Sun-Times Sold To Investment Group
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Updated 12/21/11 – 9:10 p.m.
CHICAGO (CBS) — A group of investors led by Chicago technology entrepreneur Michael Ferro Jr. and former Newsday publisher Timothy Knight has purchased the Chicago Sun-Times newspaper company, including its suburban papers.
Although terms of the acquisition by Wrapports, LLC, were not disclosed in the investment group’s announcement late Wednesday, multiple news reports had pegged the purchase price at about $20 million.
Ferro, chairman of Wrapports, is also chairman and CEO of Merrick Ventures, a private investment firm.
Knight, former publisher and CEO of Newsday, will be the CEO of the Sun-Times once the purchase is final. The deal is expected to close by year’s end.
“We look forward to introducing cutting-edge technologies, new content portals and other tools that will expand and drive richer and more satisfying content to readers, while providing more targeted and measurable promotion options for our advertising partners,” Knight said. “At a time when the public’s appetite for news stories, photographs, videos and blogs has reached an unprecedented level, Sun-Times Media is poised to meet that demand by developing creative ways to deliver a true multi-media experience for our users — how they want it, where they want it, when they want it.”
The sale comes at a time when newspapers all over the country are struggling to stay afloat, with the Sun-Times itself being no exception. Circulation overall is down this year.
Just a couple of years ago, the paper was bought out by a group led by late Mesirow Financial CEO Jim Tyree.
At the time, parent company the Sun-Times Media Group emerged from bankruptcy, but drastically cut costs, slashed jobs and outsourced its printing operations.
Tyree died in March at the age of 53.
The business side of the of the Sun-Times has a long and colorful history, going back to 1983, when the Marshall Field family sold the paper to Rupert Murdoch’s News Corp. The move prompted the legendary Mike Royko to defect to the Tribune the following year, and remark that “no self-respecting fish would want to be wrapped in a Murdoch paper.”
Roger Ebert, who remained with the paper, was also a harsh critic of Murdoch during his reign.
“He threw out every meticulous detail of the beautiful design, ordered up big, garish headlines, and gave big play to a story about a North Shore rabbi accused of holding a sex slave,” Ebert wrote in his blog this past July.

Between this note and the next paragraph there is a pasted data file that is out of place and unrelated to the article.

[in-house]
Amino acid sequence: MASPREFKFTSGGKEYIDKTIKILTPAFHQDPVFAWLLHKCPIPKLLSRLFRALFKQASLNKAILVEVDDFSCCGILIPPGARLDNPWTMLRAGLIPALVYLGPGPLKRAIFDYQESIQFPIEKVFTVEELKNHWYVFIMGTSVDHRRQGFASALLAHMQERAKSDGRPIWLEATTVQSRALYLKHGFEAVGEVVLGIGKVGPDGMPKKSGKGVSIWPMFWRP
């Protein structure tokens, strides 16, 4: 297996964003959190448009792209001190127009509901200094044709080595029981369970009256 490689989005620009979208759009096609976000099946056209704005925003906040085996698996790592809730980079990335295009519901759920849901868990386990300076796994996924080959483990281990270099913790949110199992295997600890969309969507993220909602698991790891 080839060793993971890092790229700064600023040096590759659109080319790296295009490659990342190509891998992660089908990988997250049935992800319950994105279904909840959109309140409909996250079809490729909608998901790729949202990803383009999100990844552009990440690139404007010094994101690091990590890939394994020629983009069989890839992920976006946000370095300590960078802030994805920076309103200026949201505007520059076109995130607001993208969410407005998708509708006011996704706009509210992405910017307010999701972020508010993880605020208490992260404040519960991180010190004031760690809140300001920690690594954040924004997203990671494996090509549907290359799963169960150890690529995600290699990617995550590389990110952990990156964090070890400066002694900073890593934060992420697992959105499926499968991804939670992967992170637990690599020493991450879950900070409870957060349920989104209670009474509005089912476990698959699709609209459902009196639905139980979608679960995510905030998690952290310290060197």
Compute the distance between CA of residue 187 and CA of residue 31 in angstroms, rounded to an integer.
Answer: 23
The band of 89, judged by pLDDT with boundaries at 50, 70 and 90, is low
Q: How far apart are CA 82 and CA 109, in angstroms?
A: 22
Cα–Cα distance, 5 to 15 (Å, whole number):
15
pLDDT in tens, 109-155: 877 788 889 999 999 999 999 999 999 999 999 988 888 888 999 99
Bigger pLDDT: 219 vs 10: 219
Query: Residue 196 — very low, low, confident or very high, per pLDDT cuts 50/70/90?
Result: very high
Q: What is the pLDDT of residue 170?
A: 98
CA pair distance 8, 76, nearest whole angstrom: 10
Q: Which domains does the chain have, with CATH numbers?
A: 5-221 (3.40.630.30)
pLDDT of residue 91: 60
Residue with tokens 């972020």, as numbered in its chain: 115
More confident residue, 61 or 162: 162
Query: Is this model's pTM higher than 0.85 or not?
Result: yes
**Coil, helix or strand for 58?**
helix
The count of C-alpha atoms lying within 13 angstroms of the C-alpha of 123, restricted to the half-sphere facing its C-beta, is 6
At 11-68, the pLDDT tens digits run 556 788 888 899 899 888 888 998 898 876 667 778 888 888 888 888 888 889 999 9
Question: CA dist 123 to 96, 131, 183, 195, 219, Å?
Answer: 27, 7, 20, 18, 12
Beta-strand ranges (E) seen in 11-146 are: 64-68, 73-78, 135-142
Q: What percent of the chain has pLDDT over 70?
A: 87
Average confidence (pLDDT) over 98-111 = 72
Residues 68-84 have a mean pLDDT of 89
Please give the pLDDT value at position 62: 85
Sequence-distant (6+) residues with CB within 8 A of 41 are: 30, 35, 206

In 1986, Murdoch sold the Sun-Times so he could buy WFLD-Channel 32 to launch the Fox TV network. An investor group led by Sun-Times publisher Robert E. Page and New York investment firm Adler & Shaykin took over.
The investor group in turn sold the paper to Hollinger International, a media empire controlled by Canadian businessman Conrad Black, in 1994. Hollinger also owned the Daily Telegraph of London, the Jerusalem Post and hundreds of community papers across this country and Canada.
Black ended up being charged with obstruction of justice and fraud for swindling the company’s shareholders out of $6.1 million.
Staffers at the Sun-Times blamed Black, his Sun-Times publisher F. David Radler, and other officials for looting the company and leaving it with a burden of $608 million in taxes and penalties.
Black was convicted and sentenced to 6 1/2 years in prison in 2007. He was released on an appeals bond after the U.S. Supreme threw out his honest services fraud conviction, but was sent back to prison for 13 months earlier this year on a remaining conviction of fraud by theft.
The Sun-Times Media Group filed for bankruptcy in 2009. Before Tyree stepped in, there were concerns that the paper might go out of business.
In one of the newest developments, the Sun-Times earlier this month took its Web site behind a pay wall. While access to Sun-Times articles on the Web used to be free, now, Web users may only view the pages of the Sun-Times and its affiliated suburban newspapers every 30 days.
Afterward, Web readers must buy an online subscription, which costs $1.99 for a four-week period for existing home delivery customers. Those who do not have home delivery will be charged $6.99 every four weeks, or $77.87 for a full year.
Sun-Times Media chairman Jeremy Halbreich was quoted in the paper earlier this month, “We think the time is long overdue for us to begin charging for our content,” which has won awards and needs to be supported in new ways.
The Sun-Times ranks 12th overall in average weekday circulation among U.S. newspapers, the Tribune reported.